Event Coverage: 2018 IndyCar Grand Prix

By David Zipf

It’s May!  And that means MotoIQ is back at the Indianapolis Motor Speedway, covering the IndyCar Grand Prix and the Indy 500.  As has been the tradition for the last five years, the Month of May kicks off with the Indy GP held on IMS’ ex-Formula 1 road course.  Let’s dive into the race and see what went down!
In the off-season, IndyCar ditched the expensive aero kit experiment and reverted back to a spec aero kit for their 2018 challengers.  The chassis is the same Dallara DW12 fans have come to know and love, but the new wings, floors, and engine covers are much more of a throwback to the wonderful CART/ChampCar days.  The major goals were to reduce costs, improve passing, reduce downforce, and improve the look of the car.
The kit starts with a new front wing that is much simpler than the old Honda/Chevy wings.  The simpler wing is less sensitive to turbulence, making it easier to follow other cars. It’s also less prone to dropping bits if you make minor contact, an important safety factor both for drivers and spectators.
This is coupled with new sidepods that are much slimmer than before, but still retain devices that help prevent interlocking wheels at high speed.  These devices also divert air around the tire and to the diffuser improving its effectiveness. While the car has the same wheelbase and track as before, the effect of the new sidepods makes the 2018 IndyCar appear much narrower and longer than it was in 2017: much more like the old Lolas and Reynards of the late 90s.
The most important changes are at the rear.  A simpler rear wing combined with a longer, more effective diffuser moves the majority of the downforce creating surfaces to the bottom of the car.  This creates less turbulence than the old kits did. All of this means that drivers can now follow each other more closely so they have more opportunities to pass.  With the old kits, your only real shot of passing was to dive up the inside and hope for the best. With the new kits, drivers can set each other up and not have to rely on as many risky moves.  The simpler, lower downforce bodywork has greatly improved the show in IndyCar: in the first four races of 2018 (St. Petersburg, Phoenix, Long Beach, and Barber), there has been more passing in the field than the entire 2017 season!  Wow!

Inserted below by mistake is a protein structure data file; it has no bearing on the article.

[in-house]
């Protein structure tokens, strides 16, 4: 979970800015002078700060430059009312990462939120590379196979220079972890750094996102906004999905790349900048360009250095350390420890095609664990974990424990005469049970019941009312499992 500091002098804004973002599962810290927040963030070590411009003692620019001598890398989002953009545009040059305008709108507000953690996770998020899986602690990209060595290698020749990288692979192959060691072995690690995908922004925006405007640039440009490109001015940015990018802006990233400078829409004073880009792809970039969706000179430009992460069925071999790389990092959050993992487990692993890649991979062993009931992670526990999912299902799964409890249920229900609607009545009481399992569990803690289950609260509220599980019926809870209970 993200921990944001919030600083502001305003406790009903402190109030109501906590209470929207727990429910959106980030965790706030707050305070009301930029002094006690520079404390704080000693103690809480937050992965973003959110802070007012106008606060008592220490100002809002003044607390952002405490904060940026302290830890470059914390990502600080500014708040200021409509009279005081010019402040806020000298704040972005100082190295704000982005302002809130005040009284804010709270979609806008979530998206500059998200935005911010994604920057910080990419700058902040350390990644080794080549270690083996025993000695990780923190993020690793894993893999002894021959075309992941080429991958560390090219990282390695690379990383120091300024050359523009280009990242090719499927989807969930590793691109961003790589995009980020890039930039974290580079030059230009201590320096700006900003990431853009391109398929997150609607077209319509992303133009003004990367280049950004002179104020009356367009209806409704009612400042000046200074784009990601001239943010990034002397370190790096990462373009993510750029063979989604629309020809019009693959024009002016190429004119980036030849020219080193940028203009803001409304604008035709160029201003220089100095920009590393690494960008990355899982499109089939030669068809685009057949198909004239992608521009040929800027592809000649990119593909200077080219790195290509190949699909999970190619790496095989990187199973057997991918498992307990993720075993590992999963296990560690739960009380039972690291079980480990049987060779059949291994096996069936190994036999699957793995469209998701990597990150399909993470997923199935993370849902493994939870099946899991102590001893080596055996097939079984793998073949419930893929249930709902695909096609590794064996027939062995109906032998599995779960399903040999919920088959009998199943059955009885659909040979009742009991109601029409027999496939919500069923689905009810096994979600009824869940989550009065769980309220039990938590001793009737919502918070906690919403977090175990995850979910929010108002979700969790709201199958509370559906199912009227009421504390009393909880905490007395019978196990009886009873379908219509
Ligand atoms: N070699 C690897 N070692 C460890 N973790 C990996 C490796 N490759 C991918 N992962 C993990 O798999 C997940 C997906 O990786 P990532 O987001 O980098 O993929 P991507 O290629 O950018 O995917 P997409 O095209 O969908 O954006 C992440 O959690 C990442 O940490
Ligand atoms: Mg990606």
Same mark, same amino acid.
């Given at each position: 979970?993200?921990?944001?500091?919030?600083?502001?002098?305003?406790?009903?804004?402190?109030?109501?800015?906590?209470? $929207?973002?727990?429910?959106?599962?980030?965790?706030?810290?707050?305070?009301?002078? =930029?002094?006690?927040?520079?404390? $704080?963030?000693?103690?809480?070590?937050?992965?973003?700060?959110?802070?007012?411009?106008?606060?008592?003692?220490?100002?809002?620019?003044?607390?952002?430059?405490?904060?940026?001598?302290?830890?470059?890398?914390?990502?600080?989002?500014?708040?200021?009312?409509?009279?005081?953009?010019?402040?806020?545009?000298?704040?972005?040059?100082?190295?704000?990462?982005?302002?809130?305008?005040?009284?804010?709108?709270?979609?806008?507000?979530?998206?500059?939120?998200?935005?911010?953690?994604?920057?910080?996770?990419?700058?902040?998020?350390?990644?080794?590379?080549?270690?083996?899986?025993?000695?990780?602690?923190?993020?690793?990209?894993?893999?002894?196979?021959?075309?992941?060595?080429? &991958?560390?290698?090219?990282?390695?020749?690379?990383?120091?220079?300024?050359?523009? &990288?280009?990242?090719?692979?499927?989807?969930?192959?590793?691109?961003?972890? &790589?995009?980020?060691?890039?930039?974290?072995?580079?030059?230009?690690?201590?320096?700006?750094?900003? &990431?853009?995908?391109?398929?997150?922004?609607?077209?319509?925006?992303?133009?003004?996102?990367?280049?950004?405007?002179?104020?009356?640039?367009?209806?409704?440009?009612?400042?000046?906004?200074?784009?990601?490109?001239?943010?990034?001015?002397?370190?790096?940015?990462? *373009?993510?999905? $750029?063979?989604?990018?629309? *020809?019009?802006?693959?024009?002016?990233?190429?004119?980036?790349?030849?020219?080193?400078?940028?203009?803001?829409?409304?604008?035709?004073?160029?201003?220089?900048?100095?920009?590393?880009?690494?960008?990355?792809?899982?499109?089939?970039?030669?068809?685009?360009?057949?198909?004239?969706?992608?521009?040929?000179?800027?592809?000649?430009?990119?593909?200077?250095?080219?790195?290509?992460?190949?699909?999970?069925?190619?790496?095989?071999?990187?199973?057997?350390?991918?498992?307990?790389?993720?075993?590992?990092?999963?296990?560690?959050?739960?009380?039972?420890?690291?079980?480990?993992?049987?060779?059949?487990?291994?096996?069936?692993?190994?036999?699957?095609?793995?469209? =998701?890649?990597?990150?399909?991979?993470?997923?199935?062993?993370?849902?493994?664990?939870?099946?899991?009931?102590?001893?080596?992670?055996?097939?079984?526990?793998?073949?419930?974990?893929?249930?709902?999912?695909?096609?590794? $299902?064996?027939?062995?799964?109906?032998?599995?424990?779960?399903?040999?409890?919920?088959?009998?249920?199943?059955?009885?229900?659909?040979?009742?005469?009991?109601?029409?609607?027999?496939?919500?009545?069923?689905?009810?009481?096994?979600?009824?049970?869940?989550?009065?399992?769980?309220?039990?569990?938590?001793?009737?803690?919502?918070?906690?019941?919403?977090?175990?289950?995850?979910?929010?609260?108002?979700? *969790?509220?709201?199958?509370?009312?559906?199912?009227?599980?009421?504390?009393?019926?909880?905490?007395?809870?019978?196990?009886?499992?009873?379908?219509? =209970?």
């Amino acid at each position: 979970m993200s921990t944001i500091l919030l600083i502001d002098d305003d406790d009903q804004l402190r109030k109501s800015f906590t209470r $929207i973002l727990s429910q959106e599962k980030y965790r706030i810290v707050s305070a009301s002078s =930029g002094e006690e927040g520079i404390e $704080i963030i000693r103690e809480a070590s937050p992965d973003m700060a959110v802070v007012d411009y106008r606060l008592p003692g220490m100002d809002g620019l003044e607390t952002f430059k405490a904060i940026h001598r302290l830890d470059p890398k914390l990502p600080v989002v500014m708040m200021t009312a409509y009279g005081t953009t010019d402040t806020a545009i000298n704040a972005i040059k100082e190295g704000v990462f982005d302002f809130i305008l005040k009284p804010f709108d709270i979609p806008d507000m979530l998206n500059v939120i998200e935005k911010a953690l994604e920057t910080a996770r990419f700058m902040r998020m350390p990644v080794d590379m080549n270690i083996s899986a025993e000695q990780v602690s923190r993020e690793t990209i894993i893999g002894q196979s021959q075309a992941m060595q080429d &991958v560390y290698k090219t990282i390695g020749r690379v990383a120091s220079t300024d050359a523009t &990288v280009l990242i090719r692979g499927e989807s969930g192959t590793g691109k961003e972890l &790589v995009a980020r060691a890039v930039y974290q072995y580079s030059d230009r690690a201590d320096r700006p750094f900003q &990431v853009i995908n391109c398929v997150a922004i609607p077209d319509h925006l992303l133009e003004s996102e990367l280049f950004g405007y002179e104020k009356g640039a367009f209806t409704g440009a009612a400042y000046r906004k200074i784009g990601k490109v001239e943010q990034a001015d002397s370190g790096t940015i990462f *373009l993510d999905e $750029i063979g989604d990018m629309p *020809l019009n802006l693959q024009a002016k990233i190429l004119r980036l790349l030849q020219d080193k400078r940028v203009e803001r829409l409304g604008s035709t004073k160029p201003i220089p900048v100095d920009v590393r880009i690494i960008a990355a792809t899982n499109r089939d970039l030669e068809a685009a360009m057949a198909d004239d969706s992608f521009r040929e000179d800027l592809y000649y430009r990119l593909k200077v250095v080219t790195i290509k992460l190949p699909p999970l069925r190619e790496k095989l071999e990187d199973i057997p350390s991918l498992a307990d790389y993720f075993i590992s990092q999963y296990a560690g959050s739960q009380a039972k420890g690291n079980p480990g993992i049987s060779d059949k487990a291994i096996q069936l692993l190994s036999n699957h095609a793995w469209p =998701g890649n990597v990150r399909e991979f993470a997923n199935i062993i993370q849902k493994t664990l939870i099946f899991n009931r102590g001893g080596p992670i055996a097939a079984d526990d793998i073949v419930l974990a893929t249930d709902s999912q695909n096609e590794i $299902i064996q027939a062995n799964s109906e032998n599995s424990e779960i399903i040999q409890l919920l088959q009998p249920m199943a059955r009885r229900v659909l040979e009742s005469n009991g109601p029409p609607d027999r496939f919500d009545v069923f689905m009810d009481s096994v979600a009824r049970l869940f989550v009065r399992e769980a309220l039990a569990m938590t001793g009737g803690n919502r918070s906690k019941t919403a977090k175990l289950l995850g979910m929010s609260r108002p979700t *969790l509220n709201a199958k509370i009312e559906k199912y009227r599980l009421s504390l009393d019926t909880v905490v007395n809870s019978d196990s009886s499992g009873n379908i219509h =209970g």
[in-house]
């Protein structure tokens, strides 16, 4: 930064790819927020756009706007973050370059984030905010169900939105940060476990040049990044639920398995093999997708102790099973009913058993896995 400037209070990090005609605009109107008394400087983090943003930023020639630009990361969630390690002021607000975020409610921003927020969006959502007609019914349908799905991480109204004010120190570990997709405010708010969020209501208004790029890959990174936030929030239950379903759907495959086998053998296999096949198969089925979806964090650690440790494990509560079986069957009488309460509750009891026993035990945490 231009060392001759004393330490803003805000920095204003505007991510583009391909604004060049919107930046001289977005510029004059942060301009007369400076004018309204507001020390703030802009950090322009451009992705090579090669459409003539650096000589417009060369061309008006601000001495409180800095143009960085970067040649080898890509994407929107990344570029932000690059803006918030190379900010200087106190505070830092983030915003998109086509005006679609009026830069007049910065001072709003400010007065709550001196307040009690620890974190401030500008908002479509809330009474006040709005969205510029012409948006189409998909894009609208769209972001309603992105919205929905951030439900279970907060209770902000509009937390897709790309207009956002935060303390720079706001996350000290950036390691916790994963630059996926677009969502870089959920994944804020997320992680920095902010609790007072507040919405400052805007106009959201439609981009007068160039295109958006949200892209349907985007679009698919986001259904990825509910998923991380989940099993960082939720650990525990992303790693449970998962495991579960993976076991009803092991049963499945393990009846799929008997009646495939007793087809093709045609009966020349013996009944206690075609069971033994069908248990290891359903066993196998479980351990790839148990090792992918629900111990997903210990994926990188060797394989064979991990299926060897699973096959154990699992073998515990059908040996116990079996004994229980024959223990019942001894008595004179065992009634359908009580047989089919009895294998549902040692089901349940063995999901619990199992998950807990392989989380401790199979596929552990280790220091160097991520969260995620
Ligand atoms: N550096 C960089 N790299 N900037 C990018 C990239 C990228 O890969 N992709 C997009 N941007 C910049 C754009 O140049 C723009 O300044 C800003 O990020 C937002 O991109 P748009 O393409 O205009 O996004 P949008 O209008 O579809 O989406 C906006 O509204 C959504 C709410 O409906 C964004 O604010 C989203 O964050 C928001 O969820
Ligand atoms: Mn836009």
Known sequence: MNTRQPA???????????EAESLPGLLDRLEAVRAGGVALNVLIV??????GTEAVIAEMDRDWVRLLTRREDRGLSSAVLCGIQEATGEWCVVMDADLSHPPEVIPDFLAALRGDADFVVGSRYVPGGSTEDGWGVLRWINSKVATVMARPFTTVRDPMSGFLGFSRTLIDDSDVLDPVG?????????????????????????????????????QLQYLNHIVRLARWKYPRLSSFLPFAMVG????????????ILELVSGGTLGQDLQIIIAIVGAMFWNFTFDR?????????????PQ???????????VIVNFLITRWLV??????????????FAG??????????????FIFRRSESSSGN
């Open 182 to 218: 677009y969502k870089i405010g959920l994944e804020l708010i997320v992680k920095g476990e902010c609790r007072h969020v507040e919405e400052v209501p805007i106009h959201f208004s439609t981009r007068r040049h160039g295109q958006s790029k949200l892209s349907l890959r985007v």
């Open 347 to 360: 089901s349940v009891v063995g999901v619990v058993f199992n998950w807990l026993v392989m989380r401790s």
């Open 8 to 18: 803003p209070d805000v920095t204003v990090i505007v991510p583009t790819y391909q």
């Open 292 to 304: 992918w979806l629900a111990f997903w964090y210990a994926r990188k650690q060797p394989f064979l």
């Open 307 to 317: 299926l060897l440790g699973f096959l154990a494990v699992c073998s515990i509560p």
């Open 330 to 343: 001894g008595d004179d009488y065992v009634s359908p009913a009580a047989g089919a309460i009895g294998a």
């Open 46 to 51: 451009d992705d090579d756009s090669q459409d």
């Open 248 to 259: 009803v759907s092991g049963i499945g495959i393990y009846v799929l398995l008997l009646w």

A purely aesthetic change was to remove the old overhead intake box and replace it with the old school style roll hoop.  This was really a holdover from the IRL days when the naturally aspirated V8s needed the ram-air effect to get a bit more power.  The turbo engines of today don’t need that extra ram air effect and removing the intakes has lowered the profile of the car. It’s safe to say that the new aero kits have hit all of the goals IndyCar set for them: the new kits are cheaper than the 2015-17 kits, the downforce has been cut by almost 20%, the passing is way up, and the fan response has been nothing but positive.  
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Gene Tiken
Gene Tikenlink
Sunday, May 20, 2018 11:33 PM
Indy has gone backwards as has most open wheel racing. Indy is a joke when it comes to driver talent with most guys not having to lift on faster circuits. There isn't much skill involved and most very talented amateur racers could be coached to run one of these cars at Daytona now. Bring back big hp and cars that needed to lift in even the fastest of corners.

Guys who I know use to run Indy are basically rolling their heads now. It's all become a bit comical...but you won't hear that in ESPN interviews...
Mike Kojima
Mike Kojimalink
Monday, May 21, 2018 4:11 PM
Spec Racer Deluxe
Monday, May 21, 2018 5:42 PM
@Gene you should be happy to know then that in 2021 IndyCar plans on larger engines with more boost that will hit 900 hp in top trim. Also, the only three big ovals IndyCar goes to right now are Texas, Indy, and Pocono. Those tracks don't require lifting, but all of the other tracks do. The new aero kits reduced downforce enough to force drivers to lift.
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